Spring Boot Profiles: A Strategic Way to Configure Applications

Greg Rice Development Technology, Java, Spring, Spring Boot 1 Comment

Most applications use properties as variables or parameters that have been extracted from the main logic and injected into the application at runtime. Traditionally, these properties existed in files deployed to the server.

One application of Spring Boot is the Profile feature, which allows developers to place related properties and their values into application properties files, thus allowing deployment scripts to refer to the logical groupings of properties with a single environment variable reference at runtime, which greatly simplifies the application.

In this blog, I’ll provide an introduction to Spring Boot Profiles, showing Profiles in action with tangible code examples.

The Need

Properties are typically used by applications as external configuration to control behavior, enable features, provide resources, and vary outcomes as needed. At Runtime, the property values are injected into the application with an intention that the properties will provide resources and control the execution path of the application.

For example, say our properties are job.daily and job.weekly. Let’s also say that their values can be either true or false.

A daily process may require:


A weekly process in the same application may require:


This could easily morph into a solution with multiple property files or a less-than-desirable defaulting strategy, either of which may become difficult to maintain.

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Spring Boot Profile Example

Spring Profiles come to the rescue in a case like this, providing a way to segregate parts of your application configuration, making it available only in certain environments. The approach is to bundle relevant properties together into local property files to be used at runtime.

Continuing our example, let’s see that Spring Boot Profile in action.

A property placeholder bean is used to tell Spring the location of the property files. In this example, they are under in classpath.

<beans profile="local">
	<context:property-placeholder location="classpath:application-local.properties" />

So, in our implementation, under src/main/resources/config, we have application-daily.properies and application-weekly.properties.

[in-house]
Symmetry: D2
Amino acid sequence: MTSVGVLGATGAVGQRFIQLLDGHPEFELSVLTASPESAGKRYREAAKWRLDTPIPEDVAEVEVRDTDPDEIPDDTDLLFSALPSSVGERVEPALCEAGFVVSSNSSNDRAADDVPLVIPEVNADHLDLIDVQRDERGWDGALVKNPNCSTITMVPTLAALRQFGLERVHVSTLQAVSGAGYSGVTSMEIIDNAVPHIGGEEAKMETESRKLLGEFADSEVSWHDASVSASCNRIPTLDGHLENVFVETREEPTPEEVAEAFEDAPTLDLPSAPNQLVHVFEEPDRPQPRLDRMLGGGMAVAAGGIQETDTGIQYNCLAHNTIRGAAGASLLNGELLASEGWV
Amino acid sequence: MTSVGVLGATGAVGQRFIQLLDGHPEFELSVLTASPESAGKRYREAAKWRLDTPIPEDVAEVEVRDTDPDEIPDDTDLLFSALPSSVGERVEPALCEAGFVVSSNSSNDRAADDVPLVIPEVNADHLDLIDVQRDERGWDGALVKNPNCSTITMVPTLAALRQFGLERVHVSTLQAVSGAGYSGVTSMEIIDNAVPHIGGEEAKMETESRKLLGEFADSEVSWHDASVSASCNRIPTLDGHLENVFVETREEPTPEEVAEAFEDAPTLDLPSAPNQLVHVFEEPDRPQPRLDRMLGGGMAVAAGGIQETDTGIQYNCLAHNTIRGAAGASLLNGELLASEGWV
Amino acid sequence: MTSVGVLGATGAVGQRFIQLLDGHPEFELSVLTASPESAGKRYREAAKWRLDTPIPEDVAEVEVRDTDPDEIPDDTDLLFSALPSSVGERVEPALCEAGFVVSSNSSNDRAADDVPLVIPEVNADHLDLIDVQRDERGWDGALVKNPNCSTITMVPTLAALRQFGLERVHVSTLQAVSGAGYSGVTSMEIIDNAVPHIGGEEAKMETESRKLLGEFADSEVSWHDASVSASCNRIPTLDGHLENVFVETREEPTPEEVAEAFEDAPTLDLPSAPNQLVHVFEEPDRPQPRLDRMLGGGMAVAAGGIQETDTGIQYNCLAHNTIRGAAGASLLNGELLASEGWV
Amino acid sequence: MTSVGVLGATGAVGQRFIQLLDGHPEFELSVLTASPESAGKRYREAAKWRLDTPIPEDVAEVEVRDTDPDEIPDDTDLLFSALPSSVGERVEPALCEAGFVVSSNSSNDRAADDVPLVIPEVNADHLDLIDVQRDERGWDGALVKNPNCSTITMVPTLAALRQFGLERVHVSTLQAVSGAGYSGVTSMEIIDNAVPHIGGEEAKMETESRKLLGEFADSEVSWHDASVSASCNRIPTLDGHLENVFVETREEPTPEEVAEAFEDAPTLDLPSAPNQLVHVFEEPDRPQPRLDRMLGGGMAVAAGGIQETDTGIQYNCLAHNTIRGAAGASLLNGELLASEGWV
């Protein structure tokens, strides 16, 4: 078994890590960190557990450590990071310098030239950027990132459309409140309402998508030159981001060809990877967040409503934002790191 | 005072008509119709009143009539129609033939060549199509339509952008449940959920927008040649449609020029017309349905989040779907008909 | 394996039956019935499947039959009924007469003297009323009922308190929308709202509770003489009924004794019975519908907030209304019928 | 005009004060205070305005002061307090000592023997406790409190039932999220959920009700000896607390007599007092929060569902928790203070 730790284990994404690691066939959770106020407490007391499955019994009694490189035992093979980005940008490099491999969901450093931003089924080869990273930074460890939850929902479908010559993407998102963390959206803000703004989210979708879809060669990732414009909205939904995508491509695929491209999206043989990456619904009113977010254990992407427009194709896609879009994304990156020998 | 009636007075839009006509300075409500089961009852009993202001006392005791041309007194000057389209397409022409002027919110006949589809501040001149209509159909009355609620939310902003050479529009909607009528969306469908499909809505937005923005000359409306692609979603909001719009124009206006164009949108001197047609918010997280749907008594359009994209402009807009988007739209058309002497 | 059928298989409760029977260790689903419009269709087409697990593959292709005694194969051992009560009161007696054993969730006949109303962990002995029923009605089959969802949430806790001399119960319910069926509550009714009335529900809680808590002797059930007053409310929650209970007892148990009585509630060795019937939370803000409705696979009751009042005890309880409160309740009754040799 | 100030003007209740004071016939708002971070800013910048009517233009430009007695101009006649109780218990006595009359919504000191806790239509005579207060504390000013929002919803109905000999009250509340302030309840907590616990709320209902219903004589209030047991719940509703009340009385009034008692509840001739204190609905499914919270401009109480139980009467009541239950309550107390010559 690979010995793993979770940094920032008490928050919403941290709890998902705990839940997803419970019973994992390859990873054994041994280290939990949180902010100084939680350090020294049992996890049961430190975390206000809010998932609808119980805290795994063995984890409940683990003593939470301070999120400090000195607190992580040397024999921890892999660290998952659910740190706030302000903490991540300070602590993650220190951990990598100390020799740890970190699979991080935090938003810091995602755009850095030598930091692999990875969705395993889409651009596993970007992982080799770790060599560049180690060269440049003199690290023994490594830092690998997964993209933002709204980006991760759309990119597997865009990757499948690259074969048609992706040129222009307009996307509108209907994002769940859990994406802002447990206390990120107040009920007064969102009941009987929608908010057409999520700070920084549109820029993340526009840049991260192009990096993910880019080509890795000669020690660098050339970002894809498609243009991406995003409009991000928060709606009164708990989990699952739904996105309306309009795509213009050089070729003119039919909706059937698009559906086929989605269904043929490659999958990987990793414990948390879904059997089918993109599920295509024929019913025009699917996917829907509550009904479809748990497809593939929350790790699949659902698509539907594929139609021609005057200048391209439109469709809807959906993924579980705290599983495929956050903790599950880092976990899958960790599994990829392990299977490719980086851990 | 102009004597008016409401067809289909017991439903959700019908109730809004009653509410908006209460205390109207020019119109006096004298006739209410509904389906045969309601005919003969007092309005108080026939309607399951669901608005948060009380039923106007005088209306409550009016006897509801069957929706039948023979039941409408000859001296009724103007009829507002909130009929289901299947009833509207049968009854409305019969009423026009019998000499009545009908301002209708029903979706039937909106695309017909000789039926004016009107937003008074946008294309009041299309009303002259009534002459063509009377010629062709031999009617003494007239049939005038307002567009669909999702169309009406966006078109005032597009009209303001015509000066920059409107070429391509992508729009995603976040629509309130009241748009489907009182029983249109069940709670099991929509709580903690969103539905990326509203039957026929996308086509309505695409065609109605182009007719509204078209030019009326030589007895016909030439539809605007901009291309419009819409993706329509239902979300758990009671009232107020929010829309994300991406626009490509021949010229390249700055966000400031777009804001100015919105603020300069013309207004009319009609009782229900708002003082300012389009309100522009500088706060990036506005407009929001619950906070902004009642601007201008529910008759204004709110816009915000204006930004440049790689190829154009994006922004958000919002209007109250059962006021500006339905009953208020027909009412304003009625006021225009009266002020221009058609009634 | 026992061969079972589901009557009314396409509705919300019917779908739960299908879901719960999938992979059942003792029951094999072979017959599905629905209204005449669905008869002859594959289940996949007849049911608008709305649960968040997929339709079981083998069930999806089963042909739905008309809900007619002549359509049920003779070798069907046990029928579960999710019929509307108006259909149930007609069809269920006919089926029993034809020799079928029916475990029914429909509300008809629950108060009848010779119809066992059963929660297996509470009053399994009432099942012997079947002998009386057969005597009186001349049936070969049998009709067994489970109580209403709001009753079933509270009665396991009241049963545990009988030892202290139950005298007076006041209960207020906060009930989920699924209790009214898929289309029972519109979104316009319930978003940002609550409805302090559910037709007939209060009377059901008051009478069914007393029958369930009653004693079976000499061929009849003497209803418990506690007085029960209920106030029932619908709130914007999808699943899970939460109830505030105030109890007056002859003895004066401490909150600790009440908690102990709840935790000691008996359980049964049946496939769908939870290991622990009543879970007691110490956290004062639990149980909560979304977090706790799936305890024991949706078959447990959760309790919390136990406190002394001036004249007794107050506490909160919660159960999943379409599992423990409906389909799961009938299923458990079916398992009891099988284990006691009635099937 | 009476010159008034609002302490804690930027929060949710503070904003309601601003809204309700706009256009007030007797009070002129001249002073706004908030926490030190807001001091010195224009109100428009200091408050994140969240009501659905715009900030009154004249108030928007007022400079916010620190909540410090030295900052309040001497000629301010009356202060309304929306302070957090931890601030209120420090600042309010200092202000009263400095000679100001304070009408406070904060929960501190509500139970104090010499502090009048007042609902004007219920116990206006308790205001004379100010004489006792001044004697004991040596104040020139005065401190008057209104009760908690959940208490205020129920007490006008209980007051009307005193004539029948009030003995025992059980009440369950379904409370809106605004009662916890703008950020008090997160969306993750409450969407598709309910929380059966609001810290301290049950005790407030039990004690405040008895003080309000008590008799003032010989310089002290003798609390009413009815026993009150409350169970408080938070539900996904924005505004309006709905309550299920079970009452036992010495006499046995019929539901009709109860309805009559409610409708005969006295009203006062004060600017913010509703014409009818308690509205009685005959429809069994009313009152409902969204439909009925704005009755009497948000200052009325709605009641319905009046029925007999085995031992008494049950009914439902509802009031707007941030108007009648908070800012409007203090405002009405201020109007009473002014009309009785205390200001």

1) application-daily.properties contains:


2) application-weekly.properties contains:


Notice that daily and weekly have been substituted for “local” from the bean’s profile configuration.

Now, at runtime, the daily or weekly profile is injected into the application as an environment variable, and the appropriate property values are utilized.

In the belowrunDailyJob, we are using the daily profile, application-daily.properties by specifying environment variable env[2]=“-Dspring.profiles.active=daily”.

function runDailyJob {
    local -a [email protected]


    env=("${env[@]}" $args)
    nohup $JAVA_HOME/bin/java -Xmx4096m "${env[@]}" -jar $JAR >/dev/null 2>&1 &

The next example is using the weekly profile, env[2]="-Dspring.profiles.active=weekly".

function runWeeklyJob {
    local -a [email protected]


    env=("${env[@]}" $args)
    nohup $JAVA_HOME/bin/java -Xmx4096m "${env[@]}" -jar $JAR >/dev/null 2>&1 &

At this point, your property file can have one set of properties with system default, and each job instance that executes it can have its own set of properties injected at runtime. In our example, each of our jobs, application-daily.properties and application-weekly.properties, have bundled the necessary properties for their own particular job instance.

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Final Thoughts

Spring Profiles provides an efficient way to bundle properties according to functionality, thus freeing the Developer from the tedium of other solutions to problem solve a growing set of application properties.

For more information on Spring Profiles, see the official documentation.

Having clean, reliable configuration allows developers to focus on solving development issues, and Spring Profiles provides that freedom. Configure once and run on demand with repeatable, predictable results. That’s a great way to roll.

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